Sunday, February 22
A Rob Liefeld Education
I love the fact that every time Rob Liefeld is interviewed at Newsarama.com or any news is released that has anything to do with him, a creation of his, or one of his past antics...you can rest assured that he will be in the comments section fighting fanboys and commentors alike.
I have never been a particular fan of Liefeld's personally.... But I have always found his work to be inspiring. It inspires me to work harder... and most importantly...teaches me to Never let my ego get in the way of my growth as an artist.
I think the most important thing any artist can learn to do is never consider themselves done learning. Never stop trying to improve. If you spend all day working on a project, and some small part of the drawing keeps drawing your attention away from it as a whole...then there probably is a reason. It is easy to say "its been a long day..its good enough" or even worse "they get what they pay for". But anytime you decide that something isnt just "your style"...but admit that you could have done better, you have already grown as an artist. Being an artist has been described as the constant pursuit of perfection. Plato explained that all things represent an attempt to create perfection. He used the example of the "perfect chair". That all chairs are an individuals attempt to create the perfect chair. They represent whatever attributes that one particular person interprets as perfect for that particular chair.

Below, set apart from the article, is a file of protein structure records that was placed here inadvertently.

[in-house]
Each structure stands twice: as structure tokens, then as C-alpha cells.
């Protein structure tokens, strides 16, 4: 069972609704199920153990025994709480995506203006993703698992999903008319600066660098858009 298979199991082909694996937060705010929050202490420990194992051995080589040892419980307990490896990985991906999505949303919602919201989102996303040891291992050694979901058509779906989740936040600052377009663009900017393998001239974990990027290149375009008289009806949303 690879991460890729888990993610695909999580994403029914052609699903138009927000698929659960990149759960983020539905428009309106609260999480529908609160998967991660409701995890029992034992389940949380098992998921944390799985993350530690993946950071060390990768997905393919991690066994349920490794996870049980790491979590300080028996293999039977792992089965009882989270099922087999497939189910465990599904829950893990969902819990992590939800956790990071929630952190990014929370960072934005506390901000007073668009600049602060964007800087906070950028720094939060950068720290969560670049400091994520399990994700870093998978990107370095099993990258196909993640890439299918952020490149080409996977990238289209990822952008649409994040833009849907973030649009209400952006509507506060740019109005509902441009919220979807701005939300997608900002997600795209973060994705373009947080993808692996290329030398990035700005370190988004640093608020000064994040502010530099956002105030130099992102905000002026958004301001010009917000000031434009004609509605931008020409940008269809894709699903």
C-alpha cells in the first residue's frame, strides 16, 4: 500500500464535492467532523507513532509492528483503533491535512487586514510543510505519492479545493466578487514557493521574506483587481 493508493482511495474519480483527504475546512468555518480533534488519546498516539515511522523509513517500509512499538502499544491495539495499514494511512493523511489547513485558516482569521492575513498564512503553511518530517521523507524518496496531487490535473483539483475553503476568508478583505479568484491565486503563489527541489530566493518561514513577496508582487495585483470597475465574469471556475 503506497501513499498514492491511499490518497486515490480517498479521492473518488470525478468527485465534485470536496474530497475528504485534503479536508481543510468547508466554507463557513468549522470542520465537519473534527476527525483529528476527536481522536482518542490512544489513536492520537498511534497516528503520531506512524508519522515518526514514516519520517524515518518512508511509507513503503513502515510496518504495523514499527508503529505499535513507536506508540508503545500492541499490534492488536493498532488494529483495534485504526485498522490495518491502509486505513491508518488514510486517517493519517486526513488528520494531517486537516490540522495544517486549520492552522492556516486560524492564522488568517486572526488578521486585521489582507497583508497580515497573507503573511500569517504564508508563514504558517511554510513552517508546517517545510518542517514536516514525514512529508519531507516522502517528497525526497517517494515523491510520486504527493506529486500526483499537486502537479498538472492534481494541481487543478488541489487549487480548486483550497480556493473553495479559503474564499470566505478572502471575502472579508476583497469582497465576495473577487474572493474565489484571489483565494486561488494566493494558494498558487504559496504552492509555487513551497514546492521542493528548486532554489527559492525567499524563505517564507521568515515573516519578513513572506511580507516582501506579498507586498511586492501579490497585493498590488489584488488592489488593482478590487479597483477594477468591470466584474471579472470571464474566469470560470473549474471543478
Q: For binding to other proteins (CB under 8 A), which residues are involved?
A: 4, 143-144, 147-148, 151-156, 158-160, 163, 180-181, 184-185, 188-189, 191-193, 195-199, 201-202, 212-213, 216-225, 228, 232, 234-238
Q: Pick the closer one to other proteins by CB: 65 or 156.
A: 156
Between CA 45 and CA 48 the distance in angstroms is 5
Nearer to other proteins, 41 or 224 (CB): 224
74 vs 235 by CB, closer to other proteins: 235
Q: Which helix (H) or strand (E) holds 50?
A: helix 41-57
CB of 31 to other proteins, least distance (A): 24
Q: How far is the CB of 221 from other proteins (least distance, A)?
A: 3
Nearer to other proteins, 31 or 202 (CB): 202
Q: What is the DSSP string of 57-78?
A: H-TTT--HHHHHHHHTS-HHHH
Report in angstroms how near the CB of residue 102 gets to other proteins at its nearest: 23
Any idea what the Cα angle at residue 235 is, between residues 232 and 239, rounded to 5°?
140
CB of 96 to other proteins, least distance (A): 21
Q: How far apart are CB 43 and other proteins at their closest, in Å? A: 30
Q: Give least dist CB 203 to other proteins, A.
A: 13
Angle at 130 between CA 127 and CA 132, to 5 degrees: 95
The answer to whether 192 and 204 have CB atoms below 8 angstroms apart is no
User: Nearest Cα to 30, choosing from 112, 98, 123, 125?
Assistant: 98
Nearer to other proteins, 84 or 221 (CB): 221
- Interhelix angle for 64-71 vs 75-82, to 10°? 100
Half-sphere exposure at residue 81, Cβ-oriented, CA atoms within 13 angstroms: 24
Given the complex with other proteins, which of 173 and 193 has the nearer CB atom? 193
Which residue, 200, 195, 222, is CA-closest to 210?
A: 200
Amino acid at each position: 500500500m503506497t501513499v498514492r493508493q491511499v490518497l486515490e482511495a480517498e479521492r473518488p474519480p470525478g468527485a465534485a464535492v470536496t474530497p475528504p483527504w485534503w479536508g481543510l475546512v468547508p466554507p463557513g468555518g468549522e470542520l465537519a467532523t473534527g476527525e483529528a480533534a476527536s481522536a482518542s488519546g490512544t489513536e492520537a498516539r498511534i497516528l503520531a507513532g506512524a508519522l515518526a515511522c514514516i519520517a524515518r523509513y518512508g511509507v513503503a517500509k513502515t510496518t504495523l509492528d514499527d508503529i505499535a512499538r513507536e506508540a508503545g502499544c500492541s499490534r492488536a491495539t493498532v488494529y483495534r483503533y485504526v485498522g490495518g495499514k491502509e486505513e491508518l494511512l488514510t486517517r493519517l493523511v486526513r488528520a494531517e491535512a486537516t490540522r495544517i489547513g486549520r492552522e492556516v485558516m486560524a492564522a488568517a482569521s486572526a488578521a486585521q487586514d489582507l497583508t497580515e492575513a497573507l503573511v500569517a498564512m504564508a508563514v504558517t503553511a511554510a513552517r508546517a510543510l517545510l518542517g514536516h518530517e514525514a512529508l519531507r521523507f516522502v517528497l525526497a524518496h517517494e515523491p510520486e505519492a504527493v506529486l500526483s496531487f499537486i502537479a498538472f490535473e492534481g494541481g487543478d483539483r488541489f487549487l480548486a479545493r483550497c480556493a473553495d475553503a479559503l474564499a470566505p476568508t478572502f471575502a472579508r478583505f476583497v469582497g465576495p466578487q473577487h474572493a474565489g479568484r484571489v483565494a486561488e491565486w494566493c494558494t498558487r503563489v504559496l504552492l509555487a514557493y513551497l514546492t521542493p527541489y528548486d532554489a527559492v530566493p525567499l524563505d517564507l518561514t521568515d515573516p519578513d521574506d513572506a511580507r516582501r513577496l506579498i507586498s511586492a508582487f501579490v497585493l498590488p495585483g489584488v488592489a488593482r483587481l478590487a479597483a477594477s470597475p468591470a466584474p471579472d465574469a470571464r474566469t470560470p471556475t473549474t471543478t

As artist we work with this same problem. We each pursue the perfect form of anything we draw. We see an image in our head, and try to recreate that on paper. That is our pursuit of perfection. When we are first starting out, we are held back by inexperience, lack of technique, and more importatnly a lack of significant failures. When I fail...I get embarrassed. I hate embarrassment. But when we take the easy way out...we avoid chances of failure by keeping things simple. And thus we cheapen the product.
This is what Rob has taught me. Sure...you can cut corners and focus on the more flashy distractions that are so easy to get caught up in when it comes to comics and comic art. But eventually....on a long enough timeline....it WILL catch up to you. And twenty years later...when the art is still saying the same thing it did before, how much closer to that perfection have you come?
Ill keep trying for mine.